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Roger Federer No retirement for Swiss tennis legend

Federer celebrates in front of the Wimbledon crowd

Federer celebrates after his win and vows to keep on playing

(Keystone)

It was all Roger Federer in the Swiss news media after his historic win at Wimbledon – and fans can look forward to seeing the tennis great keep playing.

"Federer is immortal at Wimbledon,” his hometown newspaper, the Basler Zeitung, headlined. Federer shed “tears of emotion” after his victory, newspaper Tages-Anzeiger declared. And Federer hasn’t finished writing his own legendary story, newspaper Le Matin emphasised, adding: “Phenomenal!”

On Sunday, after clinching his record-breaking eighth Wimbledon title and his 19th grand slam title by beating an injured Marin Cilic in straight sets, the Swiss champion expressed gratitude for his health – and said he would keep on competing.

“I’ve got to take more time off, I don’t know,” he joked about his recovery from injuries last year. “I’m going to be gone again for the next six months. Better than winning this trophy is being healthy. I’m feeling great. The tournament I’ve played, not dropping a set, it’s magical. It’s too much. It’s disbelief that I can achieve such heights.”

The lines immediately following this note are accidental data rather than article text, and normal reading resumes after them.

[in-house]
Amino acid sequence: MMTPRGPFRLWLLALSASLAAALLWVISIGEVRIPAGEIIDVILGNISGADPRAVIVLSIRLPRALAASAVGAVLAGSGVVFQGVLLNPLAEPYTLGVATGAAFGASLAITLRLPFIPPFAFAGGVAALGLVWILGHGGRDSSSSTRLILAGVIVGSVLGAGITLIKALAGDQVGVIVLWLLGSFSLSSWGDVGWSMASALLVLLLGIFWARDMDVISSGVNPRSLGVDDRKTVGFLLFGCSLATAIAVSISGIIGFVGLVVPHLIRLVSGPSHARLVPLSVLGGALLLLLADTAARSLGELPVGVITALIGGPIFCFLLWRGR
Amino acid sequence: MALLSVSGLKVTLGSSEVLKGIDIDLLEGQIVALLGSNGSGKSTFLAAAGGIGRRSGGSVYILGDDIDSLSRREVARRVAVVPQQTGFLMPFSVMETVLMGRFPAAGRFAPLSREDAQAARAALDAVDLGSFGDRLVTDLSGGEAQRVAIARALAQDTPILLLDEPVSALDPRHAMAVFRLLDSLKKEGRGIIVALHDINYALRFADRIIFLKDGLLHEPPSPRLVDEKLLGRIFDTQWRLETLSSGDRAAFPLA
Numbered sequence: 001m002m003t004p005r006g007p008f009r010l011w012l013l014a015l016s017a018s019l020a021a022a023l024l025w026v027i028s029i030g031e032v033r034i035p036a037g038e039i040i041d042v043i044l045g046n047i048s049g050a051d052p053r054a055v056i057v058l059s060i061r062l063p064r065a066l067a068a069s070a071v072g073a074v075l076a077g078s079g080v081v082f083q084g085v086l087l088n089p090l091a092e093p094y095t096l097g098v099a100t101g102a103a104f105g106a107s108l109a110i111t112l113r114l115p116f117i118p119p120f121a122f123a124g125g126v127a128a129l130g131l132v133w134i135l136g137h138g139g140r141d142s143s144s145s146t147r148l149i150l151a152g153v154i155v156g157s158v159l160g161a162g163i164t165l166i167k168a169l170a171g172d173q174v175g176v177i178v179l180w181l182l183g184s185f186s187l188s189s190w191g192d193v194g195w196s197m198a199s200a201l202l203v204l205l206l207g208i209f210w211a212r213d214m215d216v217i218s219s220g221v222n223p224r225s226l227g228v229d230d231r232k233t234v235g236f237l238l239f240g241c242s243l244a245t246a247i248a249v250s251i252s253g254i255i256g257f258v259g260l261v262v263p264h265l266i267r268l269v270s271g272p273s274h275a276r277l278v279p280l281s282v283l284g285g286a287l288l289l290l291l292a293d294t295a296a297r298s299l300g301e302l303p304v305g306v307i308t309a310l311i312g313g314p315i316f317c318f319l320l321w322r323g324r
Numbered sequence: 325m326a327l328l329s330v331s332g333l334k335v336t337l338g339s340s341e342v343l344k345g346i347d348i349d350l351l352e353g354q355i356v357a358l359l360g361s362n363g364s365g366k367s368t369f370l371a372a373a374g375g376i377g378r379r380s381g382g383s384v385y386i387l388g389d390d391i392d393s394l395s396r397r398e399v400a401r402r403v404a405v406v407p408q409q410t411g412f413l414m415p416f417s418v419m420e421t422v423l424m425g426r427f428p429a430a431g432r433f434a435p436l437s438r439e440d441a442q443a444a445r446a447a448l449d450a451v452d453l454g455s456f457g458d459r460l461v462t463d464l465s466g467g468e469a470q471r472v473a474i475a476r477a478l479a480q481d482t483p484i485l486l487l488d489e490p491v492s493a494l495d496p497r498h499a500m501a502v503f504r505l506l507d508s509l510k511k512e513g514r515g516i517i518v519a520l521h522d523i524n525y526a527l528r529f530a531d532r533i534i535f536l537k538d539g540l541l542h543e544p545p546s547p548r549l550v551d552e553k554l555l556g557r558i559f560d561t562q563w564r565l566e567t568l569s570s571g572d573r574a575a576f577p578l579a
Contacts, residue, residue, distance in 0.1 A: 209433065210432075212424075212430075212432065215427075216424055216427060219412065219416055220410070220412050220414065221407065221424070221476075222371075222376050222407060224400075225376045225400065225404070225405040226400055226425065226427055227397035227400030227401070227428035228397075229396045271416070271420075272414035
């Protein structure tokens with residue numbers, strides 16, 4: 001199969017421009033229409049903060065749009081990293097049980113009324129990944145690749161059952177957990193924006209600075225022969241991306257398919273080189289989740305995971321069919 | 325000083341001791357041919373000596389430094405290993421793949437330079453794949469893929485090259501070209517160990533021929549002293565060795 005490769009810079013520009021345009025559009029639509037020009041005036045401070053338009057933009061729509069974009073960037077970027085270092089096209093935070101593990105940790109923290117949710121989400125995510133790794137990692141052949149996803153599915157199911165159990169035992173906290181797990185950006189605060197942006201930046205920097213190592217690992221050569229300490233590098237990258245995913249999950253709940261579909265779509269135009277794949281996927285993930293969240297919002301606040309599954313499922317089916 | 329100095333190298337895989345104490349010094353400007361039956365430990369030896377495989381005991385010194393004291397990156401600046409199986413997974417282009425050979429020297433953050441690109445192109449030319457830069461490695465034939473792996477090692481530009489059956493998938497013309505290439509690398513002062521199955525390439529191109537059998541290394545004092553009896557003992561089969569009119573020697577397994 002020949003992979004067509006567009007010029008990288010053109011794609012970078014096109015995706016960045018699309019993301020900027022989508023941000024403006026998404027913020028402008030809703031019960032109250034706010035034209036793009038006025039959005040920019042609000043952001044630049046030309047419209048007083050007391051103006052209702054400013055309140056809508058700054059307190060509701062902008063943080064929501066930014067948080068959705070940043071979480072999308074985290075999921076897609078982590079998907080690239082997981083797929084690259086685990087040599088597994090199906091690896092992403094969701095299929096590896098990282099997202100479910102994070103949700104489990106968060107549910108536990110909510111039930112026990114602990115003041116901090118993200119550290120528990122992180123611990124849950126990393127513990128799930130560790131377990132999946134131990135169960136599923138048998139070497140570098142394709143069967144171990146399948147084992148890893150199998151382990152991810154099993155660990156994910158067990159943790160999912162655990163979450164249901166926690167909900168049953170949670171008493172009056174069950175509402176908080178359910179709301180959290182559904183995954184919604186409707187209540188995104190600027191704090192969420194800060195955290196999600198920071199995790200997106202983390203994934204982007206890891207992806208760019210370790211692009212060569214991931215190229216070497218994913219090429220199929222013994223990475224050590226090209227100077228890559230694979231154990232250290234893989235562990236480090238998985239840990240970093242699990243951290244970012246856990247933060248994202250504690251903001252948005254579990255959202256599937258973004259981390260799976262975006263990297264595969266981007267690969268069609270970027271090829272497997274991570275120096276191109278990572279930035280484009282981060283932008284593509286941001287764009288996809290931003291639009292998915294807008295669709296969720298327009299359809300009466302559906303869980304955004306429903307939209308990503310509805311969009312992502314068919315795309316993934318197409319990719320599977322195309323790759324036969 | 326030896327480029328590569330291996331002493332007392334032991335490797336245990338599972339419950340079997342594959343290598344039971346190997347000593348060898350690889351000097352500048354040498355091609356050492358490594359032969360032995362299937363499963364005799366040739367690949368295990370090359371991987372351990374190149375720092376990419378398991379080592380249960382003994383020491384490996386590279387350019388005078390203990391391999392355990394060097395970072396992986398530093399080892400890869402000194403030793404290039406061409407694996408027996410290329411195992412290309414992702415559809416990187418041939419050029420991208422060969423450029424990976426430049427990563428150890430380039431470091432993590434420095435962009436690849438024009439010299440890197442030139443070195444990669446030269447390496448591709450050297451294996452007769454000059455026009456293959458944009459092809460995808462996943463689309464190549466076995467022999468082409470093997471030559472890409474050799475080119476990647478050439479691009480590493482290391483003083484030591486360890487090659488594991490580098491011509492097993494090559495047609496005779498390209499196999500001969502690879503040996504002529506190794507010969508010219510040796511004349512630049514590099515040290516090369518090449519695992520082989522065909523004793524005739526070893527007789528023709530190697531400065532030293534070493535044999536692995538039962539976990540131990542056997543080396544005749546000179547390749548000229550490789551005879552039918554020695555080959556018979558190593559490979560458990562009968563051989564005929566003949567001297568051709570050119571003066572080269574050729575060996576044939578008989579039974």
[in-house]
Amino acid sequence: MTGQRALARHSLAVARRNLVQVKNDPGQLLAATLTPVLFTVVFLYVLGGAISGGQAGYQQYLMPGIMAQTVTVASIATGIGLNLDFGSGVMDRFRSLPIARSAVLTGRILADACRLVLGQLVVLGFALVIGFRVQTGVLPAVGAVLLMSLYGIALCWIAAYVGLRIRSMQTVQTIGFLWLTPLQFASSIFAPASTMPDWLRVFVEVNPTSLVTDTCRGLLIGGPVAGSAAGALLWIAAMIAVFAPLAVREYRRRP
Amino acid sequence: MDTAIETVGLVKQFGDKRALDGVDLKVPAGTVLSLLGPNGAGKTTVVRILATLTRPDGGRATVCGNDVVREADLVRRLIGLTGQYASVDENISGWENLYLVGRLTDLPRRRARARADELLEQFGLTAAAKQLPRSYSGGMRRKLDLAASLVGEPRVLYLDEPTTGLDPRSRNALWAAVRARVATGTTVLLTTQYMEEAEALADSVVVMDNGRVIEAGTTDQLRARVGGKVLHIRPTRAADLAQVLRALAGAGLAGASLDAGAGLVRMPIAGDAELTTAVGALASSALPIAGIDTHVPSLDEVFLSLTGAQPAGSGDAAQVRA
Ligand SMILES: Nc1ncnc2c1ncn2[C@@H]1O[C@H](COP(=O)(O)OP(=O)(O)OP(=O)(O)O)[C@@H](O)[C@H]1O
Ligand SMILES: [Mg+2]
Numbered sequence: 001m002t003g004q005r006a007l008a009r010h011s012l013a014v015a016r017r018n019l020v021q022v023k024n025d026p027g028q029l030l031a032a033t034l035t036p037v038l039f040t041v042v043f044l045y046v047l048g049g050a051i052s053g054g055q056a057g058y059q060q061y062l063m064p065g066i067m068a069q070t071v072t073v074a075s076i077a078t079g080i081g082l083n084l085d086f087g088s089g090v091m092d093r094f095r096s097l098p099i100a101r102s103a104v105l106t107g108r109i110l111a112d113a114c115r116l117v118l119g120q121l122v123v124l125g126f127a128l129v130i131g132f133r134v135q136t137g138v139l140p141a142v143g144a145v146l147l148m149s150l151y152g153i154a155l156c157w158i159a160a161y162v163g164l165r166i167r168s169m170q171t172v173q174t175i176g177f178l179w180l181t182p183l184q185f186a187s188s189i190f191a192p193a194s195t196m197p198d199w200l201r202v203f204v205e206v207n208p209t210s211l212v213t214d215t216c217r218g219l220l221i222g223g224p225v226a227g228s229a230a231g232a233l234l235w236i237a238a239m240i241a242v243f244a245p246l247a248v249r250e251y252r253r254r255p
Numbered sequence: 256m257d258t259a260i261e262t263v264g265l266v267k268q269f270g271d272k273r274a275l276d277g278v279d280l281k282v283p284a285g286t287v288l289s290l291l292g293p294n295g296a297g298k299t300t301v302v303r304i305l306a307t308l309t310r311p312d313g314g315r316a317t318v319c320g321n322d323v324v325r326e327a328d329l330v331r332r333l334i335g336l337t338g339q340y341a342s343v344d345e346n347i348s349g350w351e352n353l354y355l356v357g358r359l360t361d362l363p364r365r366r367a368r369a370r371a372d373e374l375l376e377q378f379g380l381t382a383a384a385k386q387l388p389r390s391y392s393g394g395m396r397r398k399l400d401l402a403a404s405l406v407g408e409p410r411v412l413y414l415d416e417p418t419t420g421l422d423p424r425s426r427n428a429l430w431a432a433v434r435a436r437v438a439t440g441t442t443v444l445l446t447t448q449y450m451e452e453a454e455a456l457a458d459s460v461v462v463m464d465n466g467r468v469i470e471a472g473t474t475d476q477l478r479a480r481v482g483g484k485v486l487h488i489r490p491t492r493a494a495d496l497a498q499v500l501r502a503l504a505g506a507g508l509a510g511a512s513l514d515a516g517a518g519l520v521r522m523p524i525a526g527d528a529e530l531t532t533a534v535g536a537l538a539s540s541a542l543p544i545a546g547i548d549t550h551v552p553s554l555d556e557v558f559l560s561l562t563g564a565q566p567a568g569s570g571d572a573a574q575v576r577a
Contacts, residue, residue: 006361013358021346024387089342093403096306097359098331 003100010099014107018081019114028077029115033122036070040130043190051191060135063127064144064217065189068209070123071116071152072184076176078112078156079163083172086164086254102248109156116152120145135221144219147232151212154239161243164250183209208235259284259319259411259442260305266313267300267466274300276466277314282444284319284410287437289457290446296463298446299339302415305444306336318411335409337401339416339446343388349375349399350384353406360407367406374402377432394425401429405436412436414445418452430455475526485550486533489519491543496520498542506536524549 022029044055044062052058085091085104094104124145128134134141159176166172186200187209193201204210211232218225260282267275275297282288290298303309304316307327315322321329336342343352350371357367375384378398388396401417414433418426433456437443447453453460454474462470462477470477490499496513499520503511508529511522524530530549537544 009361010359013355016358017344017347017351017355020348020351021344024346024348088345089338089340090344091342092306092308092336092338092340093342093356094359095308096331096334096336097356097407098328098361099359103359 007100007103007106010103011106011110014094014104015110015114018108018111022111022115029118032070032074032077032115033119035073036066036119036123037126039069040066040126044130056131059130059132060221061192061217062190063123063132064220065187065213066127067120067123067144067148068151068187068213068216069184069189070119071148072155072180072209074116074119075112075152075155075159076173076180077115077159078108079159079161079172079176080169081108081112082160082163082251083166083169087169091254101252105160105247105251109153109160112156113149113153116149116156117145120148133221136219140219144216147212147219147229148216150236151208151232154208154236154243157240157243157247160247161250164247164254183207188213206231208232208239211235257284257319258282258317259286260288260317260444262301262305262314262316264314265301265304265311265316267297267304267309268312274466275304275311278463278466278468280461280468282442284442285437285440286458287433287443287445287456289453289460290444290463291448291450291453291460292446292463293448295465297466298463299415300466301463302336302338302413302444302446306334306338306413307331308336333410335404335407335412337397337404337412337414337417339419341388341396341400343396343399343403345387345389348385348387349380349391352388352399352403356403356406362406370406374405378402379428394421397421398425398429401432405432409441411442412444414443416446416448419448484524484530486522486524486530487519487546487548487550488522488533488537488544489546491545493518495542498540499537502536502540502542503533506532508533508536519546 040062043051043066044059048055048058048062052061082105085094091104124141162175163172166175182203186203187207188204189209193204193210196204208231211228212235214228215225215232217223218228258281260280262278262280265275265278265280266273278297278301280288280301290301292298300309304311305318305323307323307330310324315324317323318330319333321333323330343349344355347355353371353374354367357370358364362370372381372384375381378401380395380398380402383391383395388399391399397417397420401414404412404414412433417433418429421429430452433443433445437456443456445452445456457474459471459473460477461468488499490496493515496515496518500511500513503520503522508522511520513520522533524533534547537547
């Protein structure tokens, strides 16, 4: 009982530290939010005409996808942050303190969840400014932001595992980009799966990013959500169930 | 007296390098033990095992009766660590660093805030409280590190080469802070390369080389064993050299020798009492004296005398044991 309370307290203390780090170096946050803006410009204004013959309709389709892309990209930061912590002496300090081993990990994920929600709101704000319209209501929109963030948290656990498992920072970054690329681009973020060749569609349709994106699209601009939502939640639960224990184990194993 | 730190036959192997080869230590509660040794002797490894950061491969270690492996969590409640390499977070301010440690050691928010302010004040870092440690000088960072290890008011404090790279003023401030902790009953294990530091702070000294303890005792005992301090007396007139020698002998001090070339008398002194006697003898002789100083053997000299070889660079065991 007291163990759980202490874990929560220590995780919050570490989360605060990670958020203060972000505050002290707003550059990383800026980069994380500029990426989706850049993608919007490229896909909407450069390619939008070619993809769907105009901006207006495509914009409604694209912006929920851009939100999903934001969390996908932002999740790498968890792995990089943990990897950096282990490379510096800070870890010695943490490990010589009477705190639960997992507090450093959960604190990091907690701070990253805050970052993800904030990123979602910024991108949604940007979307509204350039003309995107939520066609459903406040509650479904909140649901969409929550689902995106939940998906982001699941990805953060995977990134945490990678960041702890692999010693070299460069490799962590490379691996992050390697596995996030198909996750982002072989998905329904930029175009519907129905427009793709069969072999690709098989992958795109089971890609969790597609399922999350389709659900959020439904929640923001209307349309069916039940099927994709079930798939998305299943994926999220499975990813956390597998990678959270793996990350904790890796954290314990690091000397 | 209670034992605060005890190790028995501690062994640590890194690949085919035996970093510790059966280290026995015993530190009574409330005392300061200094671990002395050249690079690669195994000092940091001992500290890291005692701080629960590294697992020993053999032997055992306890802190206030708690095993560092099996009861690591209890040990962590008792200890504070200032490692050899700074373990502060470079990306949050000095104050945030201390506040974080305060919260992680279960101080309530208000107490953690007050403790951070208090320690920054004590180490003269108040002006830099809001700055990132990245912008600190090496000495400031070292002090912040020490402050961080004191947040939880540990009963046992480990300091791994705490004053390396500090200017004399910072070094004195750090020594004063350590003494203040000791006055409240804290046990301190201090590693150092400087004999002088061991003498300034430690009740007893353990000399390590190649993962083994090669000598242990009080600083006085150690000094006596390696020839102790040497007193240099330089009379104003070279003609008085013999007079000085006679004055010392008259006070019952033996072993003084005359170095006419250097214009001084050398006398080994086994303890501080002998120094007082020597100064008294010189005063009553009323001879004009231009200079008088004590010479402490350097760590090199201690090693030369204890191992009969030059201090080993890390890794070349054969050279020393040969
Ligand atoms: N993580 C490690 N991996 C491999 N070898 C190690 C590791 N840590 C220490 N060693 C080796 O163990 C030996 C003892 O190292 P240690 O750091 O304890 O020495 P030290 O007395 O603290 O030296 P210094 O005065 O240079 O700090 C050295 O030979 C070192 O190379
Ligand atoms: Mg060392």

Strong as ever

At 35, Federer became the oldest men’s Wimbledon champion. The previous record was held by Arthur Ashe, who won at 31 in 1975.

Federer will be 36 next month. He wasn’t the oldest person to win a grand slam title in the Open Era (post-1968): That was Ken Rosewall, who was 37 in 1972. But Federer became only the second person to win at Wimbledon without dropping a set, after Bjorn Borg in 1976. 

It also was Federer’s 11th Wimbledon final, a record that he hopes to keep adding to with at least one more final. He said he wasn’t sure that he was going to get back to Wimbledon after last year.

“I kept on believing and dreaming and here I am today with the eighth. It’s fantastic,” he added. “I hope I can come back next year to try to defend the title.”

Before Sunday, Federer and Pete Sampras had been tied for seven Wimbledon trophies. And with his 19th grand slam title, Federer pulled even further away from second-place Rafael Nadal, who has 15.

He won’t return to No. 1 in the world rankings immediately, although he could well do so later in the year.


swissinfo.ch and agencies/jmh and ts

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